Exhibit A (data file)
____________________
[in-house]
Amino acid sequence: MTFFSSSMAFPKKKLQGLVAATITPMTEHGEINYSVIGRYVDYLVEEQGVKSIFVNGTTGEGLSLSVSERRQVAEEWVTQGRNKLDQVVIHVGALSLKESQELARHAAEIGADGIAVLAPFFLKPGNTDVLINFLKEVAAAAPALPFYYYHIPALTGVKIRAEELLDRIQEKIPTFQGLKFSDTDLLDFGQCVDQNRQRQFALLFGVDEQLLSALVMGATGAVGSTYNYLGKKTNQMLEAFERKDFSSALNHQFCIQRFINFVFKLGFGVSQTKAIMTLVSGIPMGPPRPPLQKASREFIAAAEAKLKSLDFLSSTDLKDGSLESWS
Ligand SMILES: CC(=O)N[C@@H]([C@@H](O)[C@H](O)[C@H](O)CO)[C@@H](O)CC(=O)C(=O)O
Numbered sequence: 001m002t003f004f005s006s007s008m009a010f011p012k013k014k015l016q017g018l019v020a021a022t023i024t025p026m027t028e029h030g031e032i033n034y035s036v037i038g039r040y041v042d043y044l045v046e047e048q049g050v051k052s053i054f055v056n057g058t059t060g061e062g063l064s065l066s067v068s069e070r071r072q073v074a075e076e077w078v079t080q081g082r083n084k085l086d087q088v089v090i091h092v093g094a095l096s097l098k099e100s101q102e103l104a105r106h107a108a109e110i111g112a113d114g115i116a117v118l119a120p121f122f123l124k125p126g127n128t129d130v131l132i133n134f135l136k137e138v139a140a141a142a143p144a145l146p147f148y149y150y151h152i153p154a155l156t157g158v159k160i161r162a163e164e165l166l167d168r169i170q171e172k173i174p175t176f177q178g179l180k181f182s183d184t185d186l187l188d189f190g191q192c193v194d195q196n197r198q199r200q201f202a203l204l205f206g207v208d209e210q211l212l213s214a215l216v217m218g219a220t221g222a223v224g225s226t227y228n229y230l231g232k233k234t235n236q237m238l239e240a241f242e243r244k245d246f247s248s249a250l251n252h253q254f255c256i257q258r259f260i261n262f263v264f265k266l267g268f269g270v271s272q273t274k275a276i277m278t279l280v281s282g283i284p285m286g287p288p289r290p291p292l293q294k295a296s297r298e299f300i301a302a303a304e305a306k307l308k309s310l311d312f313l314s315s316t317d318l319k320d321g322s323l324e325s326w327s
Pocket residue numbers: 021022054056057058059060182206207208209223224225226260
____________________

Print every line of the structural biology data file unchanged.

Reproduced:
[in-house]
Amino acid sequence: MTFFSSSMAFPKKKLQGLVAATITPMTEHGEINYSVIGRYVDYLVEEQGVKSIFVNGTTGEGLSLSVSERRQVAEEWVTQGRNKLDQVVIHVGALSLKESQELARHAAEIGADGIAVLAPFFLKPGNTDVLINFLKEVAAAAPALPFYYYHIPALTGVKIRAEELLDRIQEKIPTFQGLKFSDTDLLDFGQCVDQNRQRQFALLFGVDEQLLSALVMGATGAVGSTYNYLGKKTNQMLEAFERKDFSSALNHQFCIQRFINFVFKLGFGVSQTKAIMTLVSGIPMGPPRPPLQKASREFIAAAEAKLKSLDFLSSTDLKDGSLESWS
Ligand SMILES: CC(=O)N[C@@H]([C@@H](O)[C@H](O)[C@H](O)CO)[C@@H](O)CC(=O)C(=O)O
Numbered sequence: 001m002t003f004f005s006s007s008m009a010f011p012k013k014k015l016q017g018l019v020a021a022t023i024t025p026m027t028e029h030g031e032i033n034y035s036v037i038g039r040y041v042d043y044l045v046e047e048q049g050v051k052s053i054f055v056n057g058t059t060g061e062g063l064s065l066s067v068s069e070r071r072q073v074a075e076e077w078v079t080q081g082r083n084k085l086d087q088v089v090i091h092v093g094a095l096s097l098k099e100s101q102e103l104a105r106h107a108a109e110i111g112a113d114g115i116a117v118l119a120p121f122f123l124k125p126g127n128t129d130v131l132i133n134f135l136k137e138v139a140a141a142a143p144a145l146p147f148y149y150y151h152i153p154a155l156t157g158v159k160i161r162a163e164e165l166l167d168r169i170q171e172k173i174p175t176f177q178g179l180k181f182s183d184t185d186l187l188d189f190g191q192c193v194d195q196n197r198q199r200q201f202a203l204l205f206g207v208d209e210q211l212l213s214a215l216v217m218g219a220t221g222a223v224g225s226t227y228n229y230l231g232k233k234t235n236q237m238l239e240a241f242e243r244k245d246f247s248s249a250l251n252h253q254f255c256i257q258r259f260i261n262f263v264f265k266l267g268f269g270v271s272q273t274k275a276i277m278t279l280v281s282g283i284p285m286g287p288p289r290p291p292l293q294k295a296s297r298e299f300i301a302a303a304e305a306k307l308k309s310l311d312f313l314s315s316t317d318l319k320d321g322s323l324e325s326w327s
Pocket residue numbers: 021022054056057058059060182206207208209223224225226260